Uttar Pradesh's firebrand Chief Minister Mayawati has been profiled by the US magazine Newsweek among eight women leaders worldwide who have reached the top despite all odds, with the dalit leader narrating her struggle to rally the oppressed community.
Writing in the magazine, the 51-year-old Bahujan Samaj Party chief, who swept the Assembly elections early this year with a rainbow coalition of dalits, upper castes and Muslims, says her aim is to replicate the victory in the other states and prepare for the bigger struggle to capture power in New Delhi.
Mayawati says her party initially needed an aggressive approach to rally the poor Dalits. "Political parties dominated by upper castes got alarmed by the rising masses.
"Their opposition cut short each of my first four stints as chief minister of Uttar Pradesh and it became clear we needed to broaden the base to include the poor irrespective of caste or religion," she said.
So, Mayawati says, she organised village-level amity meetings for the poor irrespective of caste or religion. "Our efforts were met with calumny, attacks and lawsuits, but we struggled on, and prevailed in elections this May. For the first time in 17 years, a majority government led by a Dalit is in place in Uttar Pradesh," she adds.
Apart from Mayawati, others who write their success story include CEO of the French Energy Conglomerate "Areva" Anne Lauvergeon and Director General of World Health Organization Margaret Chan.
The article, which traces the history since Elizabeth I ruled Britain, says in their pursuit of power, women have been as ruthless as any man.
In 18th-century Russia, Catherine the Great vastly extended the borders of the Russian Empire. More recently, it says elected leaders like Golda Meir, Indira Gandhi and Margaret Thatcher proved that women can be just as tough as men, and often tougher.
"And just like a man, they can pay the ultimate price in their pursuit of power, as Gandhi did" when she was assassinated in 1984 by Sikh militants, the magazine said.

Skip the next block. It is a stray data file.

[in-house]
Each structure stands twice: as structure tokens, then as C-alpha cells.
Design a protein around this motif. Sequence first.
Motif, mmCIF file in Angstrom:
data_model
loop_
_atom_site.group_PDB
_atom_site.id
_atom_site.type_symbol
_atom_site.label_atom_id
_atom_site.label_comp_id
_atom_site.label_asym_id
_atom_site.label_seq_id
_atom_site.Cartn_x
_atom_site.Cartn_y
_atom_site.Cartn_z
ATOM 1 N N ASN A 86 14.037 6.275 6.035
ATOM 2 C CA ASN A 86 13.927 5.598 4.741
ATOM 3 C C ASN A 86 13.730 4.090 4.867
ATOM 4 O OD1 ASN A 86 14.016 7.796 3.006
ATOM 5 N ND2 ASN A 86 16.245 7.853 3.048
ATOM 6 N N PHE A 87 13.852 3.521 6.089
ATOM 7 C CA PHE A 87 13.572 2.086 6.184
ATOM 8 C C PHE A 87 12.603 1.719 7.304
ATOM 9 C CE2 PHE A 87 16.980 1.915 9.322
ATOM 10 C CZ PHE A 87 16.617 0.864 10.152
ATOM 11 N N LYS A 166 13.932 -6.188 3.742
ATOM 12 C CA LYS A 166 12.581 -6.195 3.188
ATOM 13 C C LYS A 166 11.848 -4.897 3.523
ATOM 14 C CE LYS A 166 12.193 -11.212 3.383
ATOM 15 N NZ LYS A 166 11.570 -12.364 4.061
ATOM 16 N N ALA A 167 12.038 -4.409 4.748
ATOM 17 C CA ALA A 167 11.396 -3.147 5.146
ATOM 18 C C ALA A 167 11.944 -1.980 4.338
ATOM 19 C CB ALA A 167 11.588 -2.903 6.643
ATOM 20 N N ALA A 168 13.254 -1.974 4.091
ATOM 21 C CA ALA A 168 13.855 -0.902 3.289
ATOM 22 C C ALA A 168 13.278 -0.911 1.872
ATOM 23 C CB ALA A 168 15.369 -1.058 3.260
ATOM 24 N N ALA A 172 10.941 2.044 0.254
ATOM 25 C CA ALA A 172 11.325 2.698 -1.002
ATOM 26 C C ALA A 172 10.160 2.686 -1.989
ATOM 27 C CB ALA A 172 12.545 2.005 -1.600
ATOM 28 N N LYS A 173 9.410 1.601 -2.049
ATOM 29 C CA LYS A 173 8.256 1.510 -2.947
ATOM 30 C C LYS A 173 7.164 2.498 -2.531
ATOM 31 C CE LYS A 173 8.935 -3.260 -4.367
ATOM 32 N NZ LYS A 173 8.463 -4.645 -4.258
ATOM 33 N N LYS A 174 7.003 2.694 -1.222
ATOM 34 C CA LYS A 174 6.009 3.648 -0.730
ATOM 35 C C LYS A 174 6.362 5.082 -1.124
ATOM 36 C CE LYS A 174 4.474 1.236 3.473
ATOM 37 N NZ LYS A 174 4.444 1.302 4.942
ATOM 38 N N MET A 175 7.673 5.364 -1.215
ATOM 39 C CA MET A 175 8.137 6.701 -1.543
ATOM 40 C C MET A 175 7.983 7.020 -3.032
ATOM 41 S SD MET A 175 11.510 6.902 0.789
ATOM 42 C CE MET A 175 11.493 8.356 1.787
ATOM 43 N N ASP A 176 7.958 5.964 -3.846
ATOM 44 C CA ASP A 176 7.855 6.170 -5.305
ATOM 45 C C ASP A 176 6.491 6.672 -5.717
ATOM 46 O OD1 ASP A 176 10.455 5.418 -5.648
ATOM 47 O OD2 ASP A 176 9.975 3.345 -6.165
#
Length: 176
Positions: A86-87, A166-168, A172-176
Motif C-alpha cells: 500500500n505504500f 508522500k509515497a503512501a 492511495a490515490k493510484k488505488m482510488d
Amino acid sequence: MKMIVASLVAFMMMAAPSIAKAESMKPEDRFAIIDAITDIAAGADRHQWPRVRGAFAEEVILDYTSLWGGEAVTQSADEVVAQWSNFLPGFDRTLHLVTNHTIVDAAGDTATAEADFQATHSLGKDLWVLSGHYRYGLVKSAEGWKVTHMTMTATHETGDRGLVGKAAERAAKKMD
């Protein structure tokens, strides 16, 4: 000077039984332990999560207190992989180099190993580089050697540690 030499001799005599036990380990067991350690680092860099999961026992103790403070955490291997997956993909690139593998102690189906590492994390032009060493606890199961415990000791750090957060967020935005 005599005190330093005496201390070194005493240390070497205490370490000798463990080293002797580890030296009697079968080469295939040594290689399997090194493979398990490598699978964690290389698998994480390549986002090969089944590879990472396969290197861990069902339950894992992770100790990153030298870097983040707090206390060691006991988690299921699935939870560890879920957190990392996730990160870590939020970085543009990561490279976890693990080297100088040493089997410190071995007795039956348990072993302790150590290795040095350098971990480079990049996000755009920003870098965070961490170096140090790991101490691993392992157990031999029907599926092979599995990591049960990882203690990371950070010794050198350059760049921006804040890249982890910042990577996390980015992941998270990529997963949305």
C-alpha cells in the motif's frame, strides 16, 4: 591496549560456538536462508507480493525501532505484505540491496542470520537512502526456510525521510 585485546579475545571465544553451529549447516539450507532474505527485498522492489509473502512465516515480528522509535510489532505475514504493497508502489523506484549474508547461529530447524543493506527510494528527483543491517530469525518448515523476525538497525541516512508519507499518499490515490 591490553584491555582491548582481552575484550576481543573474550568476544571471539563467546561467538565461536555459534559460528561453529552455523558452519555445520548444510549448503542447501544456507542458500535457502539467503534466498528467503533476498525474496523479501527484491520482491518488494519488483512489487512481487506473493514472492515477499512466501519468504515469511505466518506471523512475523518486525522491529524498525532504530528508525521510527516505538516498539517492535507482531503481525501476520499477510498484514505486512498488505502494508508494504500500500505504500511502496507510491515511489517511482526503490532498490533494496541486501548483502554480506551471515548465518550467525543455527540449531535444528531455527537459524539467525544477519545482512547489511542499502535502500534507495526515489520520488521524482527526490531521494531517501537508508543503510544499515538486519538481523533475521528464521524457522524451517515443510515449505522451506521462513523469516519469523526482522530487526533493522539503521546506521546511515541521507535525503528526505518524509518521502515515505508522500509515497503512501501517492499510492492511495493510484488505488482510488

Writing about what inspired to take a path unusual for Dalit, Mayawati says she was born into a Dalit family in Delhi and grew up with eight siblings in a modest home in a crowded neighborhood.
But family often spent holidays in their grand parents' village in Uttar Pradesh.
"During these trips I became acutely aware of the oppression that the Dalits in India faced. When I was in eighth grade, I began noticing that our relatives' huts were always in the most neglected and impoverished part of the village.
Invariably, the Brahmins and upper castes would occupy the best houses and plots of land," she adds.
Mayawati says in the city she did not face such violent discrimination as these poor, illiterate villagers. "My heart ached, and I asked my father if I could do something to help. My father told me that without a proper education, I would not be able to do anything to help our people," she adds.
"So my own education became a priority," she says, adding that education for the weaker sections remains her priority today.
Mayawati graduated from Delhi University, took a job as a teacher, acquired a law degree and started preparing for civil services.
But in 1984, Mayawati plunged into full time politics after the then BSP chief Kanshi Ram took her under his tutelage.
"My parents were apprehensive, because there were clear dangers to my safety; we were shaking up an old, entrenched social and political order that fattened some and impoverished large masses," she adds.
What steeled her those trying days, she says, was the ill-treatment of Dalits. Mayawati knew that for this condition to change, her party had to launch a social revolution--to organise those on the bottom rungs of society to stand up for their rights.
"As a single woman and a Dalit I faced slurs, neglect, insults, even physical threats. Unlike many Indian leaders, I was not handed down political privileges. I had to struggle very hard for every inch of political space I occupy today."